The Boosting Green Employment and Enterprise Opportunities in Ghana (GrEEn) initiative has recently been launched in Ghana. Funded with €20.6 million from the European Union and other development partners, the programme aims to create 5,000 jobs in central and western Ghana in the sanitation and plastic waste recycling sectors.
The Ghanaian job market will soon have green jobs on offer, thanks to the programme “Boosting Green Employment and Enterprise Opportunities in Ghana (GrEEn)”, launched on May 13, 2020 in Accra, the capital. The 4-year initiative aims to contribute to the fight against the root causes of illegal immigration through green and climate resilient local economic development.
The cost of the programme amounts to €20.6 million. The funds are being mobilised by three development partners: the United Nations Capital Development Fund (UNCDF), the Netherlands Development Organisation (SNV), a non-profit sustainable development organisation, and finally the European Union Emergency Trust Fund for Africa (EUTF), which aims to keep young Africans in their countries of origin by providing them with decent work opportunities.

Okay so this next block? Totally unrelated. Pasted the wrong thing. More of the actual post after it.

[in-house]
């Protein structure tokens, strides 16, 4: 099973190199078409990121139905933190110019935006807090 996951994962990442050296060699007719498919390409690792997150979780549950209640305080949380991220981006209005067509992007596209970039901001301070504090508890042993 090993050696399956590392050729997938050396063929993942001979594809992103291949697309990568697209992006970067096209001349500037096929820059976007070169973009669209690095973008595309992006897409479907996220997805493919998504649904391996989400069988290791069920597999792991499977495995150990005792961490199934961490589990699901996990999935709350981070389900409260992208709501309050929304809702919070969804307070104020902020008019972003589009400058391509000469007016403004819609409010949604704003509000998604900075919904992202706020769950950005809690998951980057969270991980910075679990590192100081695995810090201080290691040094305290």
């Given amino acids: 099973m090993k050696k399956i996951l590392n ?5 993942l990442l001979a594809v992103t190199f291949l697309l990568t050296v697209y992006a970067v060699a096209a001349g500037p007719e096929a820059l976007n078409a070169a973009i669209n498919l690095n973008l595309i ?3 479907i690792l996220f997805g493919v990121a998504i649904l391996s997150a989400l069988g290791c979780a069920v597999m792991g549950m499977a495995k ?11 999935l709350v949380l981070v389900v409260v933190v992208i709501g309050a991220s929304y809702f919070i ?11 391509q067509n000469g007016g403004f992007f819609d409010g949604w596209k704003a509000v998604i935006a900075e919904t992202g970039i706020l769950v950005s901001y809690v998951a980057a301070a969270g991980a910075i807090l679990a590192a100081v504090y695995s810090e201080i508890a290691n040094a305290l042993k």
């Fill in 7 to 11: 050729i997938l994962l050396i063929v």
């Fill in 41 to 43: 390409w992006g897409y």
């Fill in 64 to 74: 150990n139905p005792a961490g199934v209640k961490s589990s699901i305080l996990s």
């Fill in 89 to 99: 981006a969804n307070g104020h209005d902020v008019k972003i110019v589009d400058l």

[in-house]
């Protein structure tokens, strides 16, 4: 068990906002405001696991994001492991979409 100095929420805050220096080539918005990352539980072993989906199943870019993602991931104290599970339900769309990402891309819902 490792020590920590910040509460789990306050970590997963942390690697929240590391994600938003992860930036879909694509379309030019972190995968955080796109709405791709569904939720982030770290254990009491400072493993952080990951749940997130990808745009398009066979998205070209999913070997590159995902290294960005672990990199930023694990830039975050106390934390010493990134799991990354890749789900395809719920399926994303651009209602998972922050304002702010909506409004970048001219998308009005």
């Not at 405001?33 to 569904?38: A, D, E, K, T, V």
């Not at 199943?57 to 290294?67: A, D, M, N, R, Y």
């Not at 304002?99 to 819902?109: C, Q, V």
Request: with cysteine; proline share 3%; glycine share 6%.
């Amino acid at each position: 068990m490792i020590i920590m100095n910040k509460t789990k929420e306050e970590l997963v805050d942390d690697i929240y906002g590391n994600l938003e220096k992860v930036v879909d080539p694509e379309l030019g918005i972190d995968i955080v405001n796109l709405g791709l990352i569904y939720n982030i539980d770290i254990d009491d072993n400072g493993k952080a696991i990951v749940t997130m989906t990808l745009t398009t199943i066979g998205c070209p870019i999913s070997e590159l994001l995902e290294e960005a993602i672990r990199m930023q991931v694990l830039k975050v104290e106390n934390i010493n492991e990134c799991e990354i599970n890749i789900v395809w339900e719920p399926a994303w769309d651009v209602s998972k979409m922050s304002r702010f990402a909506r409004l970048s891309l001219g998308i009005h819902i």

Young people, women and returning migrants are the main targets of the programme. “GrEEn will make it possible to train and finance people with green projects such as the recycling of plastic waste, the manufacture and distribution of ecological homes and the production of compost,” said the project’s coordination unit, adding that support would also be offered to small and medium-sized enterprises active in the fields of agriculture, energy, water and sanitation, in the form of incubation and acceleration of their development. Ultimately, a total of 5,000 green jobs will be created in Ashanti and Western, the two target regions of the project, located in central and western Ghana respectively.
“Green” Jobs in Ghana
There are no official statistics on green jobs in Ghana yet, though young people in this West African country have a lot of imagination in this area. One example is the Ghana Bamboo Bikes Initiative (GBBI), a bamboo bicycle manufacturing company based in Kumasi in southern Ghana. It employs around 50 workers, mainly women, whose hand-made bikes are sold for between 150 and 300 euros each. “We also grow bamboo to feed the industry. We are reducing the carbon footprint and we hope to do even more in the future,” said Bernice Kapaa, the founder of GBBI, who was present at Africa Climate Week in Accra, Ghana, in March 2020.